What are volatile organic compounds?
Volatile organic compounds (VOCs) are a group of carbon-based chemicals, many of which form the essential building blocks of life. However, a number of organic compounds we use today, although occurring naturally, are often synthesised. At room temperature vapours readily escape volatile chemicals. VOCs are released from burning fuel, such as gasoline, wood, coal and natural gas; and from solvents, paints, glues and other products used in the workplace, as well as tobacco smoke. Vehicle emissions are also a major source of VOCs.
What's the significance?
Exposure to significant quantities of different VOCs can result in various symptoms. The most common are eye, nose and throat irritation and headaches. These symptoms are often linked with Sick Building Syndrome. Some VOCs, such as benzene, are known to cause cancer in humans.
The Health and Safety Executive guidance note, Occupational Exposure Limits EH40, details occupational exposure standards for a number of VOCs over an eight hour time-weighted average reference period, and over a fifteen minute period.
When can VOCs be a problem in the workplace?
Most of the time, levels of VOCs in the workplace will be extremely low. However, these levels sometimes increase after refurbishment when new furniture and furnishings, such as new carpets and equipment, have been introduced, particularly if ventilation to the refurbished area is inadequate.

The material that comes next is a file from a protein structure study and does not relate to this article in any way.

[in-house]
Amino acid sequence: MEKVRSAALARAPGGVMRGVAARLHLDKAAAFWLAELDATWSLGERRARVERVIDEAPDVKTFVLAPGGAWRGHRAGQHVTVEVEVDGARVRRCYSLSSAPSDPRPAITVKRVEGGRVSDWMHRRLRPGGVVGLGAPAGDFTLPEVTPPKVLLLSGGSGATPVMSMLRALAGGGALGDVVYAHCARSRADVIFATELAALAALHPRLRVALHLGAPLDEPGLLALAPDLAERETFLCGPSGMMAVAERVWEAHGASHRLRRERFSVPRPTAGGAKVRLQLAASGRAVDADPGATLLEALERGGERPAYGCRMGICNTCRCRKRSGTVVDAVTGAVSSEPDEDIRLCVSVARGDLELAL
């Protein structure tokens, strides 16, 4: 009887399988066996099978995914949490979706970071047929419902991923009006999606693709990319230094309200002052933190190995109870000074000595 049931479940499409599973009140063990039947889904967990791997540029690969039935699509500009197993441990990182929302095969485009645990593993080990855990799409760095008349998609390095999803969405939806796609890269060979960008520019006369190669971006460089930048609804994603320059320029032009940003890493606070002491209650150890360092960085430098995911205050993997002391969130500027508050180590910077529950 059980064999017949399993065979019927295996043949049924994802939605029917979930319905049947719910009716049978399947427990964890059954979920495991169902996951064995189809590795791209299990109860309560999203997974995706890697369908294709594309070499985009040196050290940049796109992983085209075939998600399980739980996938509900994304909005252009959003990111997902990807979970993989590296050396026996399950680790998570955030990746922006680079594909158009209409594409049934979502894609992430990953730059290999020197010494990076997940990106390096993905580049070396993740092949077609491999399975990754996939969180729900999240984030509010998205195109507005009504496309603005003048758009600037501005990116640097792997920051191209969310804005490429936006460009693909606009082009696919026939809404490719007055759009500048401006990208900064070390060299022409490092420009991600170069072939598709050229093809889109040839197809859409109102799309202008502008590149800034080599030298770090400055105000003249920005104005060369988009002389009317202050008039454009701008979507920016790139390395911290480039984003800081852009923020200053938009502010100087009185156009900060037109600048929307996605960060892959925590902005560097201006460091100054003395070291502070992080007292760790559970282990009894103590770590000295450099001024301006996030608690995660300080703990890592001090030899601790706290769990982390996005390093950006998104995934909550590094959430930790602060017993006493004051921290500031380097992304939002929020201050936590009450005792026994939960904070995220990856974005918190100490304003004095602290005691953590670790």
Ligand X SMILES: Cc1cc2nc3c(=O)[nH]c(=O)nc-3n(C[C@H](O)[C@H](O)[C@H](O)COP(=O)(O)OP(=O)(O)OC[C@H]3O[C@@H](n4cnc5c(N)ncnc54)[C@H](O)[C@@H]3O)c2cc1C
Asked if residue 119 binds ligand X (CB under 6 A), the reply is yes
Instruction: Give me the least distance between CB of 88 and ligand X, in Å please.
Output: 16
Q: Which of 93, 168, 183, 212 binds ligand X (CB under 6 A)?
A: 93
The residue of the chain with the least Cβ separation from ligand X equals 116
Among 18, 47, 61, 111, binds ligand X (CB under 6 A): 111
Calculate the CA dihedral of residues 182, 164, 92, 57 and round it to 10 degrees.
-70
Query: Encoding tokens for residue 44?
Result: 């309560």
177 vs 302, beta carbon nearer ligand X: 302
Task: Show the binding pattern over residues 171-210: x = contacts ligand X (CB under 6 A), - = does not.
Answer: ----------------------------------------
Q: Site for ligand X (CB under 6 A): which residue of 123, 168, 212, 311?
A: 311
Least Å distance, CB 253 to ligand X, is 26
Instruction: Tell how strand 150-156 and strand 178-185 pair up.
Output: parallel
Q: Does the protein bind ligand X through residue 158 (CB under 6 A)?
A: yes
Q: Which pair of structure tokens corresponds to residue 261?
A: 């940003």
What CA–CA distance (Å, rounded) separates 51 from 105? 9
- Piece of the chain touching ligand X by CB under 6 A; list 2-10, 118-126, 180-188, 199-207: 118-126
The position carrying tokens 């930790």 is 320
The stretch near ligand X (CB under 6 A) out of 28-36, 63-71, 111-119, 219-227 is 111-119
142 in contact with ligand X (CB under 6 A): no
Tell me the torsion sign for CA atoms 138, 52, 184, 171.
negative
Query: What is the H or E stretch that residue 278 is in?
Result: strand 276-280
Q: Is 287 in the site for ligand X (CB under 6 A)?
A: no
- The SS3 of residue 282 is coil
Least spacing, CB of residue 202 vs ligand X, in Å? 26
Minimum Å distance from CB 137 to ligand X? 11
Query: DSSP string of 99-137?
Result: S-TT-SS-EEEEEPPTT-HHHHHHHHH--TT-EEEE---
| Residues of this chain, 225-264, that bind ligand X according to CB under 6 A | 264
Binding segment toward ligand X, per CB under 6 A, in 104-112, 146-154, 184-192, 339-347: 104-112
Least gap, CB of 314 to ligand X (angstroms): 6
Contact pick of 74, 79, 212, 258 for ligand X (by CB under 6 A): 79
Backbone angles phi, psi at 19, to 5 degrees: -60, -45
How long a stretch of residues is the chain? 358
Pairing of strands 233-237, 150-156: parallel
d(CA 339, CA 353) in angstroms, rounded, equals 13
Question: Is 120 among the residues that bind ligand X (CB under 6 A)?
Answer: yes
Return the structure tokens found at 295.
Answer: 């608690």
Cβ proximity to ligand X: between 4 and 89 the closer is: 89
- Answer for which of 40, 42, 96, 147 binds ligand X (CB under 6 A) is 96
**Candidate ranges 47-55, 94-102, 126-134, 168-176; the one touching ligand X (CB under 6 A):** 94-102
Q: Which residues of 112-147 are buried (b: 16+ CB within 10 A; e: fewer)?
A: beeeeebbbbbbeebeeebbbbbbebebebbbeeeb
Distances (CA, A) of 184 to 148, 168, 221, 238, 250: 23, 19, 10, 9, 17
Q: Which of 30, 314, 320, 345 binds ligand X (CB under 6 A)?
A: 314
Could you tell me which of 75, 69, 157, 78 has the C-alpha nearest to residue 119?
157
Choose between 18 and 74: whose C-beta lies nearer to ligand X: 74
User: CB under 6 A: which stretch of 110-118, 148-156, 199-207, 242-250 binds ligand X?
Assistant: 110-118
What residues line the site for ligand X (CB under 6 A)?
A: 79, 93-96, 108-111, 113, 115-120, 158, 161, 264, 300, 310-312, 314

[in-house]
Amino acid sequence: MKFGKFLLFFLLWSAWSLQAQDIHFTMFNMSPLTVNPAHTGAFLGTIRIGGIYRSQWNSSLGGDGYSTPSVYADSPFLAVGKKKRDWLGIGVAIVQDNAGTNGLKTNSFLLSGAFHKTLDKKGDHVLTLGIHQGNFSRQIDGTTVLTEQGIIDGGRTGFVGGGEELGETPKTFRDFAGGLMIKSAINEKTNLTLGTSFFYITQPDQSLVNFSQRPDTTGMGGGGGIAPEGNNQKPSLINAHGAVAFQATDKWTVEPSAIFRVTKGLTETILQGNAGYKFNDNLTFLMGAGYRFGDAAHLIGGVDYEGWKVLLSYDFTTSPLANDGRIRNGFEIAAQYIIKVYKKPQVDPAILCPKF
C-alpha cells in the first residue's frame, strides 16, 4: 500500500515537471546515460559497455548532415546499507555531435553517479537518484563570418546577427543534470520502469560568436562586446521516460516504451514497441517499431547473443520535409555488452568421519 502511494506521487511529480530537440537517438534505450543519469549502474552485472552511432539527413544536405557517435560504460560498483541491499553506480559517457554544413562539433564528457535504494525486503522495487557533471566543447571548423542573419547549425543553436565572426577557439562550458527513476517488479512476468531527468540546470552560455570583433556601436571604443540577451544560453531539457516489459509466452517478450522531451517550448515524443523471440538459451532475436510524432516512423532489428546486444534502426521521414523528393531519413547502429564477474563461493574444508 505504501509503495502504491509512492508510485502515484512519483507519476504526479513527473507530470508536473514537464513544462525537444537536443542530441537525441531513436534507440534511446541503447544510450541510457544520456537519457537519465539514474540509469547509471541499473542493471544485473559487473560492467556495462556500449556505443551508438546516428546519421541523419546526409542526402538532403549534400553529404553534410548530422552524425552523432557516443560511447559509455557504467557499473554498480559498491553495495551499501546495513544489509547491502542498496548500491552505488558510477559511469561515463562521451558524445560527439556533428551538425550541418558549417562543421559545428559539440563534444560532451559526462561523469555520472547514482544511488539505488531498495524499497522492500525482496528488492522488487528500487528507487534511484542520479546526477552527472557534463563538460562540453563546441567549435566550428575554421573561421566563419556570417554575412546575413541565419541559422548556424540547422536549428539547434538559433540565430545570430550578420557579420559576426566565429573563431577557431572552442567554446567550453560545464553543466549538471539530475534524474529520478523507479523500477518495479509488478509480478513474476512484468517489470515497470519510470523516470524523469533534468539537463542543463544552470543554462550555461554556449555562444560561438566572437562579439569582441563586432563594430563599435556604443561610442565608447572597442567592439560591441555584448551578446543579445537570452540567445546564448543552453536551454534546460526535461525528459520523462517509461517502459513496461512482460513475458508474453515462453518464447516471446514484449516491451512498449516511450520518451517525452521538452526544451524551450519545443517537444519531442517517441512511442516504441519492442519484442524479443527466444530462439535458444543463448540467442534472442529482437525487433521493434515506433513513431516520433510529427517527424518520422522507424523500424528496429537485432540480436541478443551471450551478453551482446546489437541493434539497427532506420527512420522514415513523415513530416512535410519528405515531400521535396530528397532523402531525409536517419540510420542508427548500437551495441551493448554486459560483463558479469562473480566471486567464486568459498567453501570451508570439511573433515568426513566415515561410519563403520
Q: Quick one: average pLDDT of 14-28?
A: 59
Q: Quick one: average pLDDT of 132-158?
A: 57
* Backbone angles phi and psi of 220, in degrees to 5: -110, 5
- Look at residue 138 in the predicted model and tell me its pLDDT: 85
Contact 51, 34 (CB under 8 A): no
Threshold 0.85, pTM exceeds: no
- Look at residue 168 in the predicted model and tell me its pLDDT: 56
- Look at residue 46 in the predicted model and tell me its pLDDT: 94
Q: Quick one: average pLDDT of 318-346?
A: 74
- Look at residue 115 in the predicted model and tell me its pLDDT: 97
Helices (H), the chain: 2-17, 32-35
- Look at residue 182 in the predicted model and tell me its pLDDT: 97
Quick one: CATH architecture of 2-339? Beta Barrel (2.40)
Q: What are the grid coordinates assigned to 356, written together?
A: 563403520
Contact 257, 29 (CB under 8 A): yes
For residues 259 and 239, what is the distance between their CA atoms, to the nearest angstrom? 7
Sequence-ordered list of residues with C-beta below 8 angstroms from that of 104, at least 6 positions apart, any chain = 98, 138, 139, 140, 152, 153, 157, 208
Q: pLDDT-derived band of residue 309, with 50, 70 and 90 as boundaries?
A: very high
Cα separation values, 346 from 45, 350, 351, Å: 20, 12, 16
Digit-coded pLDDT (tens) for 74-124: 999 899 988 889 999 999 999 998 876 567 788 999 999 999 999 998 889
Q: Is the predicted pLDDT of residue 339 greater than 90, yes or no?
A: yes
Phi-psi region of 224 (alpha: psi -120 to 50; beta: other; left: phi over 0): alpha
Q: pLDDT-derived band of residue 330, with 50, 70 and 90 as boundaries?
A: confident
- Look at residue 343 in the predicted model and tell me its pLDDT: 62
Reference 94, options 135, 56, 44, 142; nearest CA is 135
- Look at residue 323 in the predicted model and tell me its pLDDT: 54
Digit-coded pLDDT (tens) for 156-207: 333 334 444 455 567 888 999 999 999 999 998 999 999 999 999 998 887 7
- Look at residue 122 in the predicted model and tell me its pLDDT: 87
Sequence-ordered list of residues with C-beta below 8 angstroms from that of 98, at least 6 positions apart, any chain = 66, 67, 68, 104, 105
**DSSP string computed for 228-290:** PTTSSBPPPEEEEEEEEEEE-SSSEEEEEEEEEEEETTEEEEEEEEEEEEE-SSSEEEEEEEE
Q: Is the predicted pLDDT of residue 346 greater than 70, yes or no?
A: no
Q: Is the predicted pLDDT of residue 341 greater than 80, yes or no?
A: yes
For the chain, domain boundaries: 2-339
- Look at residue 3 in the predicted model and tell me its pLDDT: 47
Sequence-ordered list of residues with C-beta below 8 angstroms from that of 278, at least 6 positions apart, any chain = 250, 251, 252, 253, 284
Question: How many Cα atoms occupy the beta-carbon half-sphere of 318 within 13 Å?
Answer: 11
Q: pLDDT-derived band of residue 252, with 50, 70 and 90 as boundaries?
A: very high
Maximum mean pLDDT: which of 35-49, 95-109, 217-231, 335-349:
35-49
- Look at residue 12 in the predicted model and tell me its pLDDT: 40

How can you monitor VOCs?
Levels of VOCs can be monitored, such as benzene, acetone and toluene as part of a Workplace Environmental Assessment.
How can you reduce levels of VOCs in the workplace?
- Increase ventilation after office refurbishments (i.e. 24-hour ventilation following an office refurbishment).
- Choose low VOC products.
- Store chemicals in well ventilated areas.
- Maintain HVAC systems to ensure adequate ventilation and air displacement.
What are the sources of VOCs?
Name Common sources
Acetone - Lacquer solvent, tobacco smoke
Benzene - Tobacco smoke
Styrene - Insulation foam, jointing compound, fibre board, tobacco smoke
Toluene - Adhesives, jointing compound, sealing tape, wallpaper, floor coverings, vinyl, paint, tobacco smoke
Xylene - Adhesives, wallpaper, floor coverings, lacquers, tobacco smoke
Hexane - Floor coverings, wallpaper, chipboard, insulation foam, tobacco smoke
Ethanol - Fibre board, solvents, tobacco smoke
Cyclohexane - Tobacco smoke, lacquers, resins, paint removers
This guide is of a general nature; specific advice can be obtained from Assurity Consulting. Assurity Consulting is the UK's leading independent compliance consultancy specialising in workplace health, safety and environmental solutions. We have over 30 years' experience of helping customers of all sizes, from across all sectors, manage their compliance responsibilities, making sure that their organisation is compliant, their employees are safe, their processes are cost effective and their management team is in control.